The Bloke, January 13: The twins hit the cinema

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We’re eight minutes into the film, when my daughter turns to me and asks if it’s started yet. Then she falls asleep.

“WHAT was the last film we saw at the cinema?” I ask the Missus over breakfast.

“Dunno,” she says. “Gone With The Wind?”

It’s fair to say it’s been a while since we graced the local multiplex or, rather, the one-screen place a couple of miles away, which the Missus prefers for its “cosy, olde worlde charm”.

I decide to rectify this by insisting, helped by the appalling weather, that this is to be the day of the twins’ first ever cinema trip.

“Paddington’s on at 2.45,” I announce. “We’re going.”

“Hmmm,” says the Missus, casting her eyes to the window but inexplicably failing to see the howling gale and sideways rain, “wouldn’t it be better to give them a run around the park?”

“We could do, it’s just that er, well...”

“You’ve already told them we’re going, haven’t you?”

“They’re currently chanting ‘cim-e-ma, cim-e-ma’ in the living room, yes.”

“Ok,” she says wearily. “You grab the camera and we can work on their pronounciation in the car.”

We arrive only five minutes late (something of a new personal best for us) but cause a bit of a logjam in the foyer because this is the first time we’ve had to pay for four people rather than two and we haven’t quite bargained on how pricey it is.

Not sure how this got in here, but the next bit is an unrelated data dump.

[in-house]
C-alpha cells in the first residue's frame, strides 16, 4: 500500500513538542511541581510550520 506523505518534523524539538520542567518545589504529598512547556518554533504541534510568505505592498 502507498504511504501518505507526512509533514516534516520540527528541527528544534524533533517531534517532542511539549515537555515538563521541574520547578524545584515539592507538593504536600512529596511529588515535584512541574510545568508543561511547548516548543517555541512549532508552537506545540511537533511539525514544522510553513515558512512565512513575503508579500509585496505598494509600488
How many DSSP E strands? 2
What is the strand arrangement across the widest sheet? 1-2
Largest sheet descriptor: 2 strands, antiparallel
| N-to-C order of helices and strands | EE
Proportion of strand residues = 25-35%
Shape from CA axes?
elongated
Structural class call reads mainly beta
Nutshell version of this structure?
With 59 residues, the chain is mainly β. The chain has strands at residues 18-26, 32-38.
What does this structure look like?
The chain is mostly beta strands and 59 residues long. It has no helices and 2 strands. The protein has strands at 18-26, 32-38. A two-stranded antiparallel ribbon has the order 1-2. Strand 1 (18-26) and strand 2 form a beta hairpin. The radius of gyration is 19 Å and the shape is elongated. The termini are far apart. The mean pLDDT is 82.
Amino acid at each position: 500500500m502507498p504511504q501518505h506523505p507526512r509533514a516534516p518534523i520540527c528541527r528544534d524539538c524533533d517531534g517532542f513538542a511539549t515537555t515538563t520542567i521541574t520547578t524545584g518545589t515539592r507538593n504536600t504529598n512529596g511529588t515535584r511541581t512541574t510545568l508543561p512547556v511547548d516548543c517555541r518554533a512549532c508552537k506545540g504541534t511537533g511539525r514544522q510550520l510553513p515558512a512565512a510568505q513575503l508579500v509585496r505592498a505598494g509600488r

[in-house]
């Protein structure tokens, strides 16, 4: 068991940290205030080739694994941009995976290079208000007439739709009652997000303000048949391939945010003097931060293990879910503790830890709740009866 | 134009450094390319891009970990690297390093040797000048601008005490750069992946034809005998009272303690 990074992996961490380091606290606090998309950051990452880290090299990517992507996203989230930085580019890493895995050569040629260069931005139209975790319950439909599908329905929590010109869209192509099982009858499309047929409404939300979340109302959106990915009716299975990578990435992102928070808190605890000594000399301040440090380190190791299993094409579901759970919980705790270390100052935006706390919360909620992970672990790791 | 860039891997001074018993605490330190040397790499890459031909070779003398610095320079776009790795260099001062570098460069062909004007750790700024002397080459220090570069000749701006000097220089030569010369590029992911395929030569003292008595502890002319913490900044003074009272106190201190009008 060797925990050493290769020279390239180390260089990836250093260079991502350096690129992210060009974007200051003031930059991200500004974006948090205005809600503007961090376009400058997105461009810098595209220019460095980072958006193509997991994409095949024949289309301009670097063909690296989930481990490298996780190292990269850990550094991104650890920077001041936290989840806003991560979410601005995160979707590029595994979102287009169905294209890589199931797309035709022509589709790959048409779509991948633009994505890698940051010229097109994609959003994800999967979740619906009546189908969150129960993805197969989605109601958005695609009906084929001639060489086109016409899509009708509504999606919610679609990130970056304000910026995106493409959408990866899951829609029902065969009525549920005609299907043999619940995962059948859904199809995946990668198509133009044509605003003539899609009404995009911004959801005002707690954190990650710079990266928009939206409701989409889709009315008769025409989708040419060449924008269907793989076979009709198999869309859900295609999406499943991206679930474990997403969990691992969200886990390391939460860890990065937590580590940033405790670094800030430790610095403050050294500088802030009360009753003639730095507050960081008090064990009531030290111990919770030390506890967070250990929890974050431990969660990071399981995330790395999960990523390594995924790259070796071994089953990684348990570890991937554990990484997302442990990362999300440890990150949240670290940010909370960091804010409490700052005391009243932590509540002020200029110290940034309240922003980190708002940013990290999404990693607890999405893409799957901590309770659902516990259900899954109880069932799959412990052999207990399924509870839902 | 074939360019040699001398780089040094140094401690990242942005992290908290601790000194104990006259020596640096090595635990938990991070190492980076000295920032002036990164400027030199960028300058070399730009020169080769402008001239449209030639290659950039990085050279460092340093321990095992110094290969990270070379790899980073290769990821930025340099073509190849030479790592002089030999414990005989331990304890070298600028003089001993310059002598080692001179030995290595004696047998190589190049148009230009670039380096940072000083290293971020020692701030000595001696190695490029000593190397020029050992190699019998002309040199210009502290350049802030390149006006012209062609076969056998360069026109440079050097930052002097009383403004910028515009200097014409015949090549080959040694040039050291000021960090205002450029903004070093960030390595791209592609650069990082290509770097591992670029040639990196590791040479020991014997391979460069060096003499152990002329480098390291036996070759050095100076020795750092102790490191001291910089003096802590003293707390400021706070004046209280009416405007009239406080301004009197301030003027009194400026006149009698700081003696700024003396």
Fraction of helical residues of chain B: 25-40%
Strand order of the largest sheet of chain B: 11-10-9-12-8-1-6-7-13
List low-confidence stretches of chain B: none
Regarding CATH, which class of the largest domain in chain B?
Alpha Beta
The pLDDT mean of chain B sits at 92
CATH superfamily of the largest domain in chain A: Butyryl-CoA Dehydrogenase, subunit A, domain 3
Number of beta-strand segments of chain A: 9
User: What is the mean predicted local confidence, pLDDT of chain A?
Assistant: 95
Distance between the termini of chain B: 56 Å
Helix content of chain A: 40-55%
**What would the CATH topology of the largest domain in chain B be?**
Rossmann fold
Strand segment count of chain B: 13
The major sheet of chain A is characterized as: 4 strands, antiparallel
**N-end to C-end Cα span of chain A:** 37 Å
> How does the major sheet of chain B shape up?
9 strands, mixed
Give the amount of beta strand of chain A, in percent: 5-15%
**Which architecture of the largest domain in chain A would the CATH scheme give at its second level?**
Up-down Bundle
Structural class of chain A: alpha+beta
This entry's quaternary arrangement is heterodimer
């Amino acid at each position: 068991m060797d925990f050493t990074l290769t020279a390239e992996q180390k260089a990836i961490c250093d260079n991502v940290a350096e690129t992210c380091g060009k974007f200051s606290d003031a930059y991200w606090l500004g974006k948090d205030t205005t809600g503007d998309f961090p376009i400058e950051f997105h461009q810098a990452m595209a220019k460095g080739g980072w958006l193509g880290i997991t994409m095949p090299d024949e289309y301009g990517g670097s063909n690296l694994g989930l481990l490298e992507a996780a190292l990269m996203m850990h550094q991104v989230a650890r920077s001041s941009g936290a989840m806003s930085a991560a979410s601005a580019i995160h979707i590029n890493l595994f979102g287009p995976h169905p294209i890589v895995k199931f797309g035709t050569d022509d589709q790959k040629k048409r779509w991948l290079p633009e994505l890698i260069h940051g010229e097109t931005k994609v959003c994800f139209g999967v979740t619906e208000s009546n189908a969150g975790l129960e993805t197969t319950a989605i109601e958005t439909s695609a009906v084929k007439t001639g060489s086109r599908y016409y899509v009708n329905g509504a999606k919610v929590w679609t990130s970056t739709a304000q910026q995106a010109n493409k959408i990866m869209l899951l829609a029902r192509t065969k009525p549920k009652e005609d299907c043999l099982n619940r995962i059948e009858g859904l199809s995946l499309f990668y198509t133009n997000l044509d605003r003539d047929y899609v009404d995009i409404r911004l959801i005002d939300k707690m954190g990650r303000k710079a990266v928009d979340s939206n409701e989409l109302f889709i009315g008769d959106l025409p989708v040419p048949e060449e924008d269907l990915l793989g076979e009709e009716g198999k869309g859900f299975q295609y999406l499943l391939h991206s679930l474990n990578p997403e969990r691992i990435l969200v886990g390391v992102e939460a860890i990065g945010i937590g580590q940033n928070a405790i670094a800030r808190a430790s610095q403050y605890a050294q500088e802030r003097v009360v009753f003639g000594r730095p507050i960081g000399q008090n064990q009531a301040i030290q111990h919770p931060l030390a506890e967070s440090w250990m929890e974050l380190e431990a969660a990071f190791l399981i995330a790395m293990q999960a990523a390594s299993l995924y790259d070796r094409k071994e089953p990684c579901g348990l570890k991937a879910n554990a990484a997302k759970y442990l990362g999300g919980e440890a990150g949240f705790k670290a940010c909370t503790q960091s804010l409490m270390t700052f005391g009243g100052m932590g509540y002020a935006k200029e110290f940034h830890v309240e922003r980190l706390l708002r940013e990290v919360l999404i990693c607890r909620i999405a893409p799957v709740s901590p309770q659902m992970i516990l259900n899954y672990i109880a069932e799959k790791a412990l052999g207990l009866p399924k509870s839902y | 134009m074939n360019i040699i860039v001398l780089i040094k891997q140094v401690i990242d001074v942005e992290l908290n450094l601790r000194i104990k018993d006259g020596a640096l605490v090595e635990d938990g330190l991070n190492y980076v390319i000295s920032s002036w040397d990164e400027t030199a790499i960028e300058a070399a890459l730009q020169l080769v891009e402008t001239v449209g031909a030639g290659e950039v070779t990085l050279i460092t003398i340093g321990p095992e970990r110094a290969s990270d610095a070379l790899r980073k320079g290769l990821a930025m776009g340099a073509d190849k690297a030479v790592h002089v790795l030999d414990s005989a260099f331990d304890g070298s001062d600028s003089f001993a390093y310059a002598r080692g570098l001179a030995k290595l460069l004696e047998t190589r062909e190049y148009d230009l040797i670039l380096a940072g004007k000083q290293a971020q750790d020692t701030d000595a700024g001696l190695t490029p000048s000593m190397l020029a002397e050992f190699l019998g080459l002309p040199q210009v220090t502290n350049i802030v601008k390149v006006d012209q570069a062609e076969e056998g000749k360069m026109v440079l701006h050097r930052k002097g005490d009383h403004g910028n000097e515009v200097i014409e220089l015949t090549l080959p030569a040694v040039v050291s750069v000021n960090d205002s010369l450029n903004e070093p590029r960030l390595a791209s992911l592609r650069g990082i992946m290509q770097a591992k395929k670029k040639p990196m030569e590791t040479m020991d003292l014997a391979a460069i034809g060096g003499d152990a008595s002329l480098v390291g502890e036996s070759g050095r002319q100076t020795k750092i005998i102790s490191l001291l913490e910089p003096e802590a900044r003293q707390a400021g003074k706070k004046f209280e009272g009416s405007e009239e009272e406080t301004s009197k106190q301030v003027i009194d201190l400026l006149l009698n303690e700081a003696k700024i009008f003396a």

Then, when we plonk the twins in their seats, we realise they can barely see over the top of the seat in front of them and I’m despatched to ask if there are any booster seats, which mercifully there are. At least all that faffing around means we’ve missed the adverts.

There’s just time for a quick chat with the nice pensioners behind us who are even more excited than the twins that this is their first trip to the cinema before the opening titles roll.

About eight minutes into the film, my daughter turns to me and asks if the film has started yet.

She proceeds to fall asleep after about an hour, having spent most of it sucking her thumb and showing far more interest in the tub of homemade popcorn we’ve smuggled in.

My son, on the other hand, sits entranced for the full hour-and-a-half, chuckling periodically.

At the end, once my daughter has woken up, we get them to pose for pictures in front of the closing credits.

Predictably, the journey home sees a flurry of questions from my son.

Yes, Nicole Kidman’s character (he refers to her as “the lady”) was very naughty.

Er, she wanted to put Paddington into a cage (I decide not to explain that she wanted to have him stuffed).

Yes, it was funny when Paddington came down the stairs in the bath.

No, we can’t try that at home.

“It was a bit expensive though,” I whisper to the Missus. “Maybe we should just get a bigger telly instead?”

The Missus seems unconvinced. Still, at that price I’m glad we took those photos.